A rapid review of evidence on the psychological impact of quarantine to explore its likely effects on mental health and psychological wellbeing, and the factors that contribute to, or mitigate, these effects was carried out.
Of 3166 papers found, 24 are included in this Review
RAPID REVIEW VOLUME 395, ISSUE 10227, P912-920, MARCH 14, 2020
A literature review was carried out to identify and assess the evidence for interventions to reduce stigma experienced by children with disabilities and their families in low and middle-income settings. A systematic review of seven databases (MEDLINE, EMBASE, Global Health, PsycINFO, Social Policy and Practice, CINAHL, IBSS) for articles published January 2000 to April 2018 was carried out. Data were extracted on study population, study design, intervention level(s) and target group, and type(s) of stigma addressed. A narrative approach was used to synthesise the results.
Twenty studies were included. The majority (65%) of interventions targeted enacted stigma (negative attitudes) and the most common intervention approach was education/training (63%). Over half (54%) of interventions were delivered at the organisational/ institutional level and only four studies targeted more than one social level. The most common disability targeted was epilepsy (50%) followed by intellectual impairment (20%).
Trop Med Int Health. 2020 Mar
This annotated bibliography provides an overview and outlines key messages from a selected range of academic and practioner literature looking at gender and disability in low- and middle-income countries, which may help with planning for gender inclusion in programmes and projects. The papers included here are not intended to be an exhaustive list of all the relevant literature. A focus is placed literature looking at the main areas of work of the Disability Inclusive Development programme: stigma, livelihoods (which also applies to the Inclusion Works programme), education, and health, as well as humanitarian contexts. Literature which focuses solely on one of these areas has been included in the relevant sections, and those which address multiple areas are included in the first, overarching section on gender and disability. As is often the case, the literature on gender and disability in low- and middle-income countries has a tendency to focus mainly on the experiences of women and girls with disabilities. There is a lack of evidence relating to gender and disability in low- and middle-income countries, although more evidence is emerging as awareness of the importance of the issue grows.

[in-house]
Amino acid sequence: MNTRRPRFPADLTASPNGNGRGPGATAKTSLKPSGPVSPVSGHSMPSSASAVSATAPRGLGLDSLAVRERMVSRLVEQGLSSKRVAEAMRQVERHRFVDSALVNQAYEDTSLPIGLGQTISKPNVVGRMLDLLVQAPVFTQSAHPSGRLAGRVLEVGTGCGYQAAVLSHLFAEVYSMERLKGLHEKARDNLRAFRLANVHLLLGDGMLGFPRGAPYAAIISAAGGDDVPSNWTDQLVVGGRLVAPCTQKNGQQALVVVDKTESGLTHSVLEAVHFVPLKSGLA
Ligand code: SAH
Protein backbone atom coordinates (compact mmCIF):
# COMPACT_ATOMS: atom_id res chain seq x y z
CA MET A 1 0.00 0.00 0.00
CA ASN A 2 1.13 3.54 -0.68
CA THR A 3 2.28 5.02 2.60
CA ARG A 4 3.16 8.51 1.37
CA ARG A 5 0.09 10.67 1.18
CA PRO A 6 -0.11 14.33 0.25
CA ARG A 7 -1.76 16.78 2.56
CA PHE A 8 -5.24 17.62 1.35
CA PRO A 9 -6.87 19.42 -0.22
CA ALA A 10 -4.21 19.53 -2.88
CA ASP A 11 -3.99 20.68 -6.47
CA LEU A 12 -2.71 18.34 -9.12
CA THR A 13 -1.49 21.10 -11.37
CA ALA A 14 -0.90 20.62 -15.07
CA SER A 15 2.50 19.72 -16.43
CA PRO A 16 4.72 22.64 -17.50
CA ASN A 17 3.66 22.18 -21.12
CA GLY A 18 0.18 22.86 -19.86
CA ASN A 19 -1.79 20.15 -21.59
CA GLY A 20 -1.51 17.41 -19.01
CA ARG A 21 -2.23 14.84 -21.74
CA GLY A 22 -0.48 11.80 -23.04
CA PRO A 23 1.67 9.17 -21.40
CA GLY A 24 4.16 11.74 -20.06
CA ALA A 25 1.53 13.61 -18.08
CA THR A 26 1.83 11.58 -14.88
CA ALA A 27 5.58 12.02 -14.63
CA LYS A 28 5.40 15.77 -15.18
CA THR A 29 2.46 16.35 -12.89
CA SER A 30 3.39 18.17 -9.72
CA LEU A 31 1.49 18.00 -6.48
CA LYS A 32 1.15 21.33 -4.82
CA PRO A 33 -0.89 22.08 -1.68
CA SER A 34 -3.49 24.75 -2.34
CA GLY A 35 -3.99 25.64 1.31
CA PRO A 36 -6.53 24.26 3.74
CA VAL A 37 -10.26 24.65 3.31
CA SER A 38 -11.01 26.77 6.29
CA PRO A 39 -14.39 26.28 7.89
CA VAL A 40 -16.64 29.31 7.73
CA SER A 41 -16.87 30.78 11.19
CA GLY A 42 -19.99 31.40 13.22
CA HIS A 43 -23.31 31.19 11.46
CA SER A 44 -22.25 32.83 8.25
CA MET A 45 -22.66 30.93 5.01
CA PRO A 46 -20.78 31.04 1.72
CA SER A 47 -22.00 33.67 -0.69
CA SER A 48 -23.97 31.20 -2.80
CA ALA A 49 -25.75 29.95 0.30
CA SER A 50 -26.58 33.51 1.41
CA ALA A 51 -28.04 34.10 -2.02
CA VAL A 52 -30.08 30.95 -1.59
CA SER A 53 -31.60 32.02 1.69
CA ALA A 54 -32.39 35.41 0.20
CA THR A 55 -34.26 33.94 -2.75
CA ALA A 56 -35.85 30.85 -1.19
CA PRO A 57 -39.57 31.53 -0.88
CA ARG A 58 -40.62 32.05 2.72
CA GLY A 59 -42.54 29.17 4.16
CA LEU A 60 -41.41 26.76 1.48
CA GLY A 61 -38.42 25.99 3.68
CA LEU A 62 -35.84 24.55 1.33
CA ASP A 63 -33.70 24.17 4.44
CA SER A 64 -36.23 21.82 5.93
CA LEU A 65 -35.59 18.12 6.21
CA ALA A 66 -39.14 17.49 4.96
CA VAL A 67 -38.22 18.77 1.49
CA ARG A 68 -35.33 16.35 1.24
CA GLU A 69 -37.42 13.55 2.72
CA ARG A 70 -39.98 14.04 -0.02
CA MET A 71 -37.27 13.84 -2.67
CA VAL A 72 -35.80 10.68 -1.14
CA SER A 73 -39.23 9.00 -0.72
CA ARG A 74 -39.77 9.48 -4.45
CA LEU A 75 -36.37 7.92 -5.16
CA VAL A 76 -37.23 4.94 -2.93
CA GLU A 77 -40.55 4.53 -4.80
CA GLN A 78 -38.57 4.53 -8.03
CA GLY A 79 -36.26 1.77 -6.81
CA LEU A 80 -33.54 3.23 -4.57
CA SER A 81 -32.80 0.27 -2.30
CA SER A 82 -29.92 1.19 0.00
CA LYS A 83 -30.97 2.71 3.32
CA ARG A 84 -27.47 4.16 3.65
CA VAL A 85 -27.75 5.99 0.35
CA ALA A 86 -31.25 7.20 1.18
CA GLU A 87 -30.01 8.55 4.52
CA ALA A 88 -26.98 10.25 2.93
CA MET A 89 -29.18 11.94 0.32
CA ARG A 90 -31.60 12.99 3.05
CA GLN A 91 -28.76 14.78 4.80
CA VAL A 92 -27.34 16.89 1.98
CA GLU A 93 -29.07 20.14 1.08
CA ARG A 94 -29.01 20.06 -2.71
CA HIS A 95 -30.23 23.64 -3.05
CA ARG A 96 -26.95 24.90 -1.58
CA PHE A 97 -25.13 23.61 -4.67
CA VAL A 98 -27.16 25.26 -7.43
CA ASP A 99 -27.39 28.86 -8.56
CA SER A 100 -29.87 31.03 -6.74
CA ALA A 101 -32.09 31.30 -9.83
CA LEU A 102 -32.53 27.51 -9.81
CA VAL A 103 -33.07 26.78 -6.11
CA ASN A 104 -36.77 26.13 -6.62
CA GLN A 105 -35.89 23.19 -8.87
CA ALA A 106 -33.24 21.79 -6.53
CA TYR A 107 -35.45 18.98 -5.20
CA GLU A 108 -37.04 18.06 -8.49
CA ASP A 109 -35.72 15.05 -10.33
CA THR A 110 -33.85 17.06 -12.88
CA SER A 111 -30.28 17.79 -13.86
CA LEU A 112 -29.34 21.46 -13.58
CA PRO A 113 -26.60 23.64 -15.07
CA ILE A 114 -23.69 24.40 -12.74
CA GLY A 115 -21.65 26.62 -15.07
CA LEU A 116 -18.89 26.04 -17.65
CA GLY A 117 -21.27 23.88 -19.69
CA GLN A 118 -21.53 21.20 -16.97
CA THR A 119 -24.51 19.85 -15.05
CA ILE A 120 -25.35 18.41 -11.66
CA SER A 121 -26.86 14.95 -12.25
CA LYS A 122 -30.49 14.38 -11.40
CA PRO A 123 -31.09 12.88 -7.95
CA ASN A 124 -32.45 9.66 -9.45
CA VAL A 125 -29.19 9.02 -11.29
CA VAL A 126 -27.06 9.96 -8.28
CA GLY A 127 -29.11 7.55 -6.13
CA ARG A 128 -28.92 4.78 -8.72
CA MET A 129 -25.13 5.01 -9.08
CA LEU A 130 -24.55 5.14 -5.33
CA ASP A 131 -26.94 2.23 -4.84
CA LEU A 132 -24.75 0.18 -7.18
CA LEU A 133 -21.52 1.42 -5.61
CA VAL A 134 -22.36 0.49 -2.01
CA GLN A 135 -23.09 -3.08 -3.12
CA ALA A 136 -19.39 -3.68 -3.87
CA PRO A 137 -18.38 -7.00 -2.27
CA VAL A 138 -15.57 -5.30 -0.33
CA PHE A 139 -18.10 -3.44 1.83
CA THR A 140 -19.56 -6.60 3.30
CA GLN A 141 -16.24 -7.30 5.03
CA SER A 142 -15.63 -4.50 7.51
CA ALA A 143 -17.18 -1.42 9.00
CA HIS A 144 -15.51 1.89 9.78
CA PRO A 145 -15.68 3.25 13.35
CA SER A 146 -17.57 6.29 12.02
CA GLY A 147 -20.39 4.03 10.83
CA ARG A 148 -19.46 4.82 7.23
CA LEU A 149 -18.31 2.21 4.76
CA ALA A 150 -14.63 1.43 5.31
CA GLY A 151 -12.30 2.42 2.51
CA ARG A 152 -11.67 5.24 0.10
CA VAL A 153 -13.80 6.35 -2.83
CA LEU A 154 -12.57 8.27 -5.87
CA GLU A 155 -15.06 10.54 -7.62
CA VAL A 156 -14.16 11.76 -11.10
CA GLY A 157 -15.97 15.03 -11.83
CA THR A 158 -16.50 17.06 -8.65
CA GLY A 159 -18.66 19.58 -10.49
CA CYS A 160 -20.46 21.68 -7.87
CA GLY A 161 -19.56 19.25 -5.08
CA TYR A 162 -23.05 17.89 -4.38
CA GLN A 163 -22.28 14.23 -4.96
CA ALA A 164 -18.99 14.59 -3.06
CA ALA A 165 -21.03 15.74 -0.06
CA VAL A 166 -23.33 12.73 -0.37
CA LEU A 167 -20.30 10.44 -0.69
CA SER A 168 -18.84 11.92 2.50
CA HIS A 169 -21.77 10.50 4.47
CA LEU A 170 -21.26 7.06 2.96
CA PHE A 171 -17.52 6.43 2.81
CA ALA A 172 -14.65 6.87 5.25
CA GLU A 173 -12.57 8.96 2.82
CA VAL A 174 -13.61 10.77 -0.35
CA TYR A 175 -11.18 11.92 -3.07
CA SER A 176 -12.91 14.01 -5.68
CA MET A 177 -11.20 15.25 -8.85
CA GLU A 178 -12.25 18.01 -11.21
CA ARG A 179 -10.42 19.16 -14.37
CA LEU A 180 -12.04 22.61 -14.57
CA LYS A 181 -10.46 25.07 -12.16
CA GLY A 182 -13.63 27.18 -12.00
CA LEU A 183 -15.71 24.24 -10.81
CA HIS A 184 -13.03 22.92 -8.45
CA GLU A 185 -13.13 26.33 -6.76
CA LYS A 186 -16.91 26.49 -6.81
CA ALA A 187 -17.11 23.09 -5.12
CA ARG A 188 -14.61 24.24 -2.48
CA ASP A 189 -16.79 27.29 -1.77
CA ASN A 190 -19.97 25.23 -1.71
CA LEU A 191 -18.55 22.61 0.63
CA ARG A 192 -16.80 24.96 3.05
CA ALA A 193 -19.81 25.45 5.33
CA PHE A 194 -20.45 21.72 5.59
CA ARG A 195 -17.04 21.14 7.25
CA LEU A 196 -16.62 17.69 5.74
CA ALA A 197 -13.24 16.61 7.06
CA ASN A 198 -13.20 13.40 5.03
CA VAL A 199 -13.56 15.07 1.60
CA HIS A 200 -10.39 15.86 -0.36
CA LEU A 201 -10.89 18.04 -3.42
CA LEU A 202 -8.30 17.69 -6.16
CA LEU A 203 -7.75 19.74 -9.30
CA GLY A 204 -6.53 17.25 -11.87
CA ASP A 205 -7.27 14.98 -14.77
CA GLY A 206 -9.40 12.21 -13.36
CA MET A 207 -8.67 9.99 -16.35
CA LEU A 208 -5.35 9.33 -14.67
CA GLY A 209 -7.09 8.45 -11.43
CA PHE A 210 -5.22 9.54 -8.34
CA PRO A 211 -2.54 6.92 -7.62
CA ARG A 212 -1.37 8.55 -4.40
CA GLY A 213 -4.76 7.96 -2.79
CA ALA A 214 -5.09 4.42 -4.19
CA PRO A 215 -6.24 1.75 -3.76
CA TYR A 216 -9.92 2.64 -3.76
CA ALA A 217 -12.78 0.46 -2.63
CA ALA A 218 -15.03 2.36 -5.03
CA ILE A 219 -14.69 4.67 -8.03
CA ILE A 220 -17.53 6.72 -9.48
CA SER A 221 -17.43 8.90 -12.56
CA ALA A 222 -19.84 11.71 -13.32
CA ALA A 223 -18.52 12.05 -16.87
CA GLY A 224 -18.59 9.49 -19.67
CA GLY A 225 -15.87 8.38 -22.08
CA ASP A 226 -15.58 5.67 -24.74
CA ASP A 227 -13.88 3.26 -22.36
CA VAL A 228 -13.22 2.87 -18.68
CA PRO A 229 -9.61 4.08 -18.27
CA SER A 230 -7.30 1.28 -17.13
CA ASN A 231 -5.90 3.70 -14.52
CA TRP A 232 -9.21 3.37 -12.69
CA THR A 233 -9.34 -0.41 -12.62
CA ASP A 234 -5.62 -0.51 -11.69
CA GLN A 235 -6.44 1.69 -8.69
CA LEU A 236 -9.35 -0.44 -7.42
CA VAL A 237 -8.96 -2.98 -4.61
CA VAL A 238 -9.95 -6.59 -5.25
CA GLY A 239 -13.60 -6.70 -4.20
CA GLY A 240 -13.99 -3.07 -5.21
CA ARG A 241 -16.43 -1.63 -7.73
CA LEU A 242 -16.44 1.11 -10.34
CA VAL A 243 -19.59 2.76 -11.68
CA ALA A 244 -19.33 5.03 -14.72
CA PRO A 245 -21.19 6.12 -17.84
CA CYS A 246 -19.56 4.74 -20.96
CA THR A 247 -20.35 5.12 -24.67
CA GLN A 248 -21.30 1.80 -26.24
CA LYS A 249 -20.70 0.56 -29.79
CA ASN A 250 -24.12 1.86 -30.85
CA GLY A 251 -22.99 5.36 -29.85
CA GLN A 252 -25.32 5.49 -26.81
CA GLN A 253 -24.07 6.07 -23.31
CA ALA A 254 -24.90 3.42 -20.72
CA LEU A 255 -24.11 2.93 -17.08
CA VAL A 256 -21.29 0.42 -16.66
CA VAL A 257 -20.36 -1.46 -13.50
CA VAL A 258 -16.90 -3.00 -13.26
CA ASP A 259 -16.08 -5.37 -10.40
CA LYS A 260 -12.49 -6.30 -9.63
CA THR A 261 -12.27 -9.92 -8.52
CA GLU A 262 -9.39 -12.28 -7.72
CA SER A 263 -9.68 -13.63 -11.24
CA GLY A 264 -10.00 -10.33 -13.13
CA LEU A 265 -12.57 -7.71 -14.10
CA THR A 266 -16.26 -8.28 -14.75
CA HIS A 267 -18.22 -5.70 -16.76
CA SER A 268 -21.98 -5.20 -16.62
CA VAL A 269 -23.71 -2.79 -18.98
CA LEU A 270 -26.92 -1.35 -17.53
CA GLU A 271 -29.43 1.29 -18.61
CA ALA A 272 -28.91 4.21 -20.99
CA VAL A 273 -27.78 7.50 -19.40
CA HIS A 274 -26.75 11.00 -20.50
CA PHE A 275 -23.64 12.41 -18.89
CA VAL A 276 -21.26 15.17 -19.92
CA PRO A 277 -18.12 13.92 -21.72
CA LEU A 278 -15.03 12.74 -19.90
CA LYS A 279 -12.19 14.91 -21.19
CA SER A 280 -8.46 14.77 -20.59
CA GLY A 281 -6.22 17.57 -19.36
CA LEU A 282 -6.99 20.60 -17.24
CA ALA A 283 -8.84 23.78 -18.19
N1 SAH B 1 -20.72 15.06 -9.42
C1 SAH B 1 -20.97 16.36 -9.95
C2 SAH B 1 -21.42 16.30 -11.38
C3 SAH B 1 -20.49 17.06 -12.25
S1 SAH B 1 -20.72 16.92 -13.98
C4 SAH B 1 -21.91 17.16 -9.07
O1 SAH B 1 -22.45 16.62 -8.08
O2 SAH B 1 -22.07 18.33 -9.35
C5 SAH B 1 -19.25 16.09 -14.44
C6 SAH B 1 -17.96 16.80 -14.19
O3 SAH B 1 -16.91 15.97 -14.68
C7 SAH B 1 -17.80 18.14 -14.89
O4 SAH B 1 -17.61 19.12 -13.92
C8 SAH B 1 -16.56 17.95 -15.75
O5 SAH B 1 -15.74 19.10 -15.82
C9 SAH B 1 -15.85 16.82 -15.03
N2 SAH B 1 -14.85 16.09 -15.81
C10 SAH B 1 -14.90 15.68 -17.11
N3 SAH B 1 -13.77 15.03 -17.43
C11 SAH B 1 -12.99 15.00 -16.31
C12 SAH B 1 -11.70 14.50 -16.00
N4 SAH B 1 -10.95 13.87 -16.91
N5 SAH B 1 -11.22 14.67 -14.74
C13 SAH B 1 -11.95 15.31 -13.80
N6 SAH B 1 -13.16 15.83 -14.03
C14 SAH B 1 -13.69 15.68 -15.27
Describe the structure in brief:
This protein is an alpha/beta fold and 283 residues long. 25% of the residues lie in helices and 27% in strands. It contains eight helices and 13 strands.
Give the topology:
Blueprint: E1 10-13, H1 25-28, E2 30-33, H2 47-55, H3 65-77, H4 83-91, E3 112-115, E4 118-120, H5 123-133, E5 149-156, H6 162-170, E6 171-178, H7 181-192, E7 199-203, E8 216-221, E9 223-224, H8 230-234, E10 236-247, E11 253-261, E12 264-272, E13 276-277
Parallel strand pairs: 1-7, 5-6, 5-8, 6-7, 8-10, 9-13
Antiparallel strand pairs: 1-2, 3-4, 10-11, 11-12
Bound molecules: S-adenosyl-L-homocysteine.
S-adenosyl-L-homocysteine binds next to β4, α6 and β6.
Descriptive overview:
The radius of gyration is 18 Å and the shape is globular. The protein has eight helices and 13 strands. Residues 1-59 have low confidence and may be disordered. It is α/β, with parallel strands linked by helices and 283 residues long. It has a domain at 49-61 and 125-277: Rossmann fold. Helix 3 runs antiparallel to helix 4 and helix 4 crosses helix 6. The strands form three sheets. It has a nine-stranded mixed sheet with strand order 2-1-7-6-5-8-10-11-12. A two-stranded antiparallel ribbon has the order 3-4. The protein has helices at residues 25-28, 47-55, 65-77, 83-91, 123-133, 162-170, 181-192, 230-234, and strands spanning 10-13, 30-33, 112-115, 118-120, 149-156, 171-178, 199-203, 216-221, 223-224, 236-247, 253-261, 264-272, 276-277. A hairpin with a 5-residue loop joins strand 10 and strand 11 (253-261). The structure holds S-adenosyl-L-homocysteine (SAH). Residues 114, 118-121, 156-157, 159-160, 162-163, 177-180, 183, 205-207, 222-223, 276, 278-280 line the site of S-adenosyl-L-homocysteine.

People with disabilities face exclusion and discrimination on the grounds of both their gender and their disability, as well as other intersecting factors such as age, race, class or poverty. The intersectional nature of discrimination and inequality impacts all areas of life, from access to services, personal security, livelihoods and leisure, through to individual choice and autonomy. Women and girls with disabilities are more likely to face discrimination and exclusion than people without disabilities and compared with men and boys with disabilities. Their participation in education, livelihoods, and healthcare is challenges by barriers including stigma and cultural practices resulting in discrimination and prejudice, lack of accessible services, and lack of support from family, teachers and institutions - all of which are exacerbated by poverty. Women with disabilities are also at greater risk of physical, mental and sexual abuse and because of stigmatisation, have lower marriage prospects. Therefore, it is important to ensure the meaningful inclusion of women and men with disabilities in programming.